For decades, the identikit for a top Israeli politician has been a tough-talking man with a decorated military past who’s big on security. The exceptions have been rare, but now women are filling senior positions in parties across the spectrum.

Whether on the left, in the center or on the secular right, women are influencing the style, tone and manner of Israeli politics, even though it remains a male-dominated game.

From a 29-year-old former protest leader to a 49-year-old retired brigadier general, opinion polls suggest up to 30 women will be elected to the 120-seat Knesset when Israelis vote on March 17. If they’re all successful, they will form a higher proportion of female legislators than in the United States, while remaining in the mid-field internationally.

In some respects, Israel has been well ahead of the Western world: Golda Meir rose to become the country’s first female prime minister in 1969, a decade before Margaret Thatcher came to power in Britain.

Meir met the requirement to be tough on security; David Ben-Gurion, Israel’s first prime minister, is said to have described her as the only man in his cabinet, and she later led the country through the 1973 Yom Kippur war.

But in the past four decades no woman has reached the top in a country where military experience is prized, although former spy agency operative Tzipi Livni has played a leading role for a decade and may yet make it to the prime minister’s office.

One of the most prominent of the latest generation of women in politics is Orly Levy-Abeksis, number two on the candidate list for Yisrael Beitenu, a far-right nationalist party that is expected to win 5 or 6 seats in parliament.

The backer of 26 bills during her six years in the Knesset, Levy-Abeksis is one of the most active legislators. But some of her experiences reflect those of women in many countries trying to make their way in their chosen career.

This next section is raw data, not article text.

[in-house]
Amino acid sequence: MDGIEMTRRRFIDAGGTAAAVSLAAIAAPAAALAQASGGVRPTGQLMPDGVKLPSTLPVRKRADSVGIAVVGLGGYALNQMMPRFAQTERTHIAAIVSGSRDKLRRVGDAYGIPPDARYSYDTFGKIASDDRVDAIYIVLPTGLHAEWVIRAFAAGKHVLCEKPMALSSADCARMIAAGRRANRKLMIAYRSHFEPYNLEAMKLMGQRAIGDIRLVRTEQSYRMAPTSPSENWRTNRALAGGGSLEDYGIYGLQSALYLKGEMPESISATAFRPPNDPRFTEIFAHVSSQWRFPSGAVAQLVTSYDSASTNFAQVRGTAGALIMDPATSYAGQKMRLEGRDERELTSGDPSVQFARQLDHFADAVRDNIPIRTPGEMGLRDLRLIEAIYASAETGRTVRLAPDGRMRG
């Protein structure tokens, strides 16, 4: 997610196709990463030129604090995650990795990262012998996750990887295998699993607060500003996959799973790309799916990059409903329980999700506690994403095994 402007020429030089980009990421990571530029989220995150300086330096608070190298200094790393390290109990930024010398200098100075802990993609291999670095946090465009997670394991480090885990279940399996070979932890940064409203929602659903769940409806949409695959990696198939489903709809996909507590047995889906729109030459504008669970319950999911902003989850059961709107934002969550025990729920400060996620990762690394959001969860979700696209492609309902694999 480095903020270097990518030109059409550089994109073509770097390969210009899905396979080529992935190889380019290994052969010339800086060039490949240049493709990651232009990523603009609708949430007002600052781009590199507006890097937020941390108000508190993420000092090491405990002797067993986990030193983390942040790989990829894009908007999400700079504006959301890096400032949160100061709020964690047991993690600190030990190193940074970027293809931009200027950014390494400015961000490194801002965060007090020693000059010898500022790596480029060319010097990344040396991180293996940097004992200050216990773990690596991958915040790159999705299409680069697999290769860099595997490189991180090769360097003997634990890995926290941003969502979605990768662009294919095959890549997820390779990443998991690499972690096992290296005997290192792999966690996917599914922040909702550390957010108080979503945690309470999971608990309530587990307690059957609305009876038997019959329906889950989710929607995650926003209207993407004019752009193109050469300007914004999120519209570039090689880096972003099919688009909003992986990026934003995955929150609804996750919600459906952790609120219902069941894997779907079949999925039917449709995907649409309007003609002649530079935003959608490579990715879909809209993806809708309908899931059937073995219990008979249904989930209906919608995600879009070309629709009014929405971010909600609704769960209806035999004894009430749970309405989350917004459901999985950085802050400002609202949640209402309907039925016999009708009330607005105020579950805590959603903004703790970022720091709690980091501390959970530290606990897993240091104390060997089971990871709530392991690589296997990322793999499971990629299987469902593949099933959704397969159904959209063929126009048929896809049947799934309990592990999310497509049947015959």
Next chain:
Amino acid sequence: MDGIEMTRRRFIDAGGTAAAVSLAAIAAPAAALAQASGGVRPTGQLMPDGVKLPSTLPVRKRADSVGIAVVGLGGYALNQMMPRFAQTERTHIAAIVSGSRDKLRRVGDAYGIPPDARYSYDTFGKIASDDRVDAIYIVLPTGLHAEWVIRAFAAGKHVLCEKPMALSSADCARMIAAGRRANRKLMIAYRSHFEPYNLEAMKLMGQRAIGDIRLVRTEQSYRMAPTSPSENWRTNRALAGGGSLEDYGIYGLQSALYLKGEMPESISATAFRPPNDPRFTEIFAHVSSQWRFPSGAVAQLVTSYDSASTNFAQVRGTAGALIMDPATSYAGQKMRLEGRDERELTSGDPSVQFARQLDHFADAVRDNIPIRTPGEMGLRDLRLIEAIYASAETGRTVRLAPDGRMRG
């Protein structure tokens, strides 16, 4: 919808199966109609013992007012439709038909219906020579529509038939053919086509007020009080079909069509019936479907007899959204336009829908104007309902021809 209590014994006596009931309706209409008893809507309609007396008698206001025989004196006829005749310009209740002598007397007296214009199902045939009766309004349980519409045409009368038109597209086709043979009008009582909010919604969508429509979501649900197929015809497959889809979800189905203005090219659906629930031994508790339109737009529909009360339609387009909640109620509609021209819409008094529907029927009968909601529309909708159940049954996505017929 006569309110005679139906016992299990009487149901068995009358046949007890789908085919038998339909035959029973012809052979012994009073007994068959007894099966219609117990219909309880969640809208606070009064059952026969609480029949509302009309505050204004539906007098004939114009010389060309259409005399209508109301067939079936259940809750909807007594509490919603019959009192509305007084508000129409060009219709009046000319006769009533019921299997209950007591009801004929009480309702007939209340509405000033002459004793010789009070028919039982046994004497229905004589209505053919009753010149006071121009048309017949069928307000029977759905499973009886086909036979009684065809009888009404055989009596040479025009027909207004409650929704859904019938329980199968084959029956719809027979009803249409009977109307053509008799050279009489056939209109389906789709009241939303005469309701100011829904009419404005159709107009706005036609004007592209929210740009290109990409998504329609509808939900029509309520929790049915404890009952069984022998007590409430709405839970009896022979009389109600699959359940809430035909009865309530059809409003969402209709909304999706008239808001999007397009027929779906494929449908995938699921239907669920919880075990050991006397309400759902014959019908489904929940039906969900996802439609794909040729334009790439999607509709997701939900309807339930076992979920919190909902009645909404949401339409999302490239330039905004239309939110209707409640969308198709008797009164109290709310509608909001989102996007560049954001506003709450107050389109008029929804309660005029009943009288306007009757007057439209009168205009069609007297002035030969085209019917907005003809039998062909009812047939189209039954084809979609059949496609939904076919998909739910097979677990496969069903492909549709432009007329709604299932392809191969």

A mother of four children and an attorney who put herself through law school by modeling, she said she felt that women in Israeli politics tend to be taken less seriously than men and had to overcome more obstacles.

“Men are treated so differently. It’s irritating,” said the 41-year-old, whose father David Levy is a former foreign minister. “I’d like to see as many women as representatives as possible. Most of the social activists and volunteers are women, anyway.”


The most prominent female politician with a senior military background is Miri Regev, 49, a former brigadier general who was chief spokeswoman and censor for the Israeli military.

At number five on the party list for Likud, the right-wing party of Prime Minister Benjamin Netanyahu, Regev is set to get a senior cabinet post if the party wins the election.

“I’m clear and blunt and make no apologies for it,” Regev said of her style of politics, which has made her a strong performer in TV debates. “I’m not one of those distant, jaded politicians,” she said, adding that female politicians “shouldn’t have to hide behind any male voices”.

Tal Schneider, a political blogger, said compulsory military service has often given men an advantage in building political careers.

While women serve too, they tend to do administrative jobs. Men in combat units frequently rise up the ranks more quickly, bolstering their image as enforcers of national security. “As a result, women are often left seated on the sidelines,” said Schneider.

Another hurdle is that Israel has many ultra-Orthodox religious parties which ban women from running for office. They account for around 15 percent of parliament, making it even harder for Israel to redress the gender balance.

Israel’s best known woman politician internationally is Livni, a former justice minister and peace negotiator who once worked for the Mossad intelligence agency.

Livni, 56, is co-head of the centre-left Zionist Union, which is opening a lead in opinion polls. If the alliance wins the election and forms a coalition, Livni is slated to rotate the prime ministership with Labour’s Isaac Herzog, who will serve first.

On the left is Stav Shaffir, 29, who became the youngest woman to serve in the Knesset in 2013. A former leader of social reform protests that shook Tel Aviv in 2011, Shaffir continues to campaign for more housing and relief from the high cost of living in Israel.

A member of parliament’s finance committee, she has been outspoken on issues including the amount the government spends on building settlements on occupied land.

At fourth on the Zionist Union list, Shaffir is almost guaranteed a cabinet position if the alliance forms a government. It’s a long way from social protester to cabinet minister in just four years, and she knows it.

“I came to understand that if we, the younger generation, don’t go into politics and create change for ourselves, nobody is going to do it for us,” she said.